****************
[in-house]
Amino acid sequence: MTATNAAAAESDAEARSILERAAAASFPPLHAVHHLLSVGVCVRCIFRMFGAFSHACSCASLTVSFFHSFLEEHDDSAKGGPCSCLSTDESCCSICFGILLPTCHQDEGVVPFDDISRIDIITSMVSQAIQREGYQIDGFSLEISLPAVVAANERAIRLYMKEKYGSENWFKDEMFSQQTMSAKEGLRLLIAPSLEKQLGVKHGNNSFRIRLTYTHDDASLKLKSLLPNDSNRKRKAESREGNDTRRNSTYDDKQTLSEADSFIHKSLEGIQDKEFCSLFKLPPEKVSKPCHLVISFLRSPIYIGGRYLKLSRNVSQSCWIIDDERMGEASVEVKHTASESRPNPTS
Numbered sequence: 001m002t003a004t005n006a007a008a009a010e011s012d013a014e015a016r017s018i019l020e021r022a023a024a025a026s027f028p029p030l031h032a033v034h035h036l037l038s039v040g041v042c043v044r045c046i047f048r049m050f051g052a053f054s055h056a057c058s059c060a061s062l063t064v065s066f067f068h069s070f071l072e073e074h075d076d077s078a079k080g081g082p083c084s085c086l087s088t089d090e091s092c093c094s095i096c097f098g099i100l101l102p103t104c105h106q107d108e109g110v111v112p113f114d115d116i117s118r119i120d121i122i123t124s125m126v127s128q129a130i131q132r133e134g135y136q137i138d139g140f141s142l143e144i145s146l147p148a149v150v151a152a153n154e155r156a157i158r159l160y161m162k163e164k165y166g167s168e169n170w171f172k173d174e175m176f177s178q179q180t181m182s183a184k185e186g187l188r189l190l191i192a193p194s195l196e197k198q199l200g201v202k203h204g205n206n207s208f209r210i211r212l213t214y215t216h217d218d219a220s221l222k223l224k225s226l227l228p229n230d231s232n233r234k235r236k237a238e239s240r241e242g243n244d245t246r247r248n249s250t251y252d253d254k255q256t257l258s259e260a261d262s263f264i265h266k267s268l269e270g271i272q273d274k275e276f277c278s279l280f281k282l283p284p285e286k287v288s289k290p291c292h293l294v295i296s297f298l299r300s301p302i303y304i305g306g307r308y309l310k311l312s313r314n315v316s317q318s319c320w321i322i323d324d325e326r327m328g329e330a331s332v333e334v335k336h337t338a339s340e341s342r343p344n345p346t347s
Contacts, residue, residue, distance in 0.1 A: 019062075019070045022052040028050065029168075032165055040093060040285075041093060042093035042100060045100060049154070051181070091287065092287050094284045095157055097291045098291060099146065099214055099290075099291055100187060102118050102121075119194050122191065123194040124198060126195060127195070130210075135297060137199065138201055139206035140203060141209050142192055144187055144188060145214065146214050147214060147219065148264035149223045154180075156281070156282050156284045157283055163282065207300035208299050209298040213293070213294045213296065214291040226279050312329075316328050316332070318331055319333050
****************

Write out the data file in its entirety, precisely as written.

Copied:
[in-house]
Amino acid sequence: MTATNAAAAESDAEARSILERAAAASFPPLHAVHHLLSVGVCVRCIFRMFGAFSHACSCASLTVSFFHSFLEEHDDSAKGGPCSCLSTDESCCSICFGILLPTCHQDEGVVPFDDISRIDIITSMVSQAIQREGYQIDGFSLEISLPAVVAANERAIRLYMKEKYGSENWFKDEMFSQQTMSAKEGLRLLIAPSLEKQLGVKHGNNSFRIRLTYTHDDASLKLKSLLPNDSNRKRKAESREGNDTRRNSTYDDKQTLSEADSFIHKSLEGIQDKEFCSLFKLPPEKVSKPCHLVISFLRSPIYIGGRYLKLSRNVSQSCWIIDDERMGEASVEVKHTASESRPNPTS
Numbered sequence: 001m002t003a004t005n006a007a008a009a010e011s012d013a014e015a016r017s018i019l020e021r022a023a024a025a026s027f028p029p030l031h032a033v034h035h036l037l038s039v040g041v042c043v044r045c046i047f048r049m050f051g052a053f054s055h056a057c058s059c060a061s062l063t064v065s066f067f068h069s070f071l072e073e074h075d076d077s078a079k080g081g082p083c084s085c086l087s088t089d090e091s092c093c094s095i096c097f098g099i100l101l102p103t104c105h106q107d108e109g110v111v112p113f114d115d116i117s118r119i120d121i122i123t124s125m126v127s128q129a130i131q132r133e134g135y136q137i138d139g140f141s142l143e144i145s146l147p148a149v150v151a152a153n154e155r156a157i158r159l160y161m162k163e164k165y166g167s168e169n170w171f172k173d174e175m176f177s178q179q180t181m182s183a184k185e186g187l188r189l190l191i192a193p194s195l196e197k198q199l200g201v202k203h204g205n206n207s208f209r210i211r212l213t214y215t216h217d218d219a220s221l222k223l224k225s226l227l228p229n230d231s232n233r234k235r236k237a238e239s240r241e242g243n244d245t246r247r248n249s250t251y252d253d254k255q256t257l258s259e260a261d262s263f264i265h266k267s268l269e270g271i272q273d274k275e276f277c278s279l280f281k282l283p284p285e286k287v288s289k290p291c292h293l294v295i296s297f298l299r300s301p302i303y304i305g306g307r308y309l310k311l312s313r314n315v316s317q318s319c320w321i322i323d324d325e326r327m328g329e330a331s332v333e334v335k336h337t338a339s340e341s342r343p344n345p346t347s
Contacts, residue, residue, distance in 0.1 A: 019062075019070045022052040028050065029168075032165055040093060040285075041093060042093035042100060045100060049154070051181070091287065092287050094284045095157055097291045098291060099146065099214055099290075099291055100187060102118050102121075119194050122191065123194040124198060126195060127195070130210075135297060137199065138201055139206035140203060141209050142192055144187055144188060145214065146214050147214060147219065148264035149223045154180075156281070156282050156284045157283055163282065207300035208299050209298040213293070213294045213296065214291040226279050312329075316328050316332070318331055319333050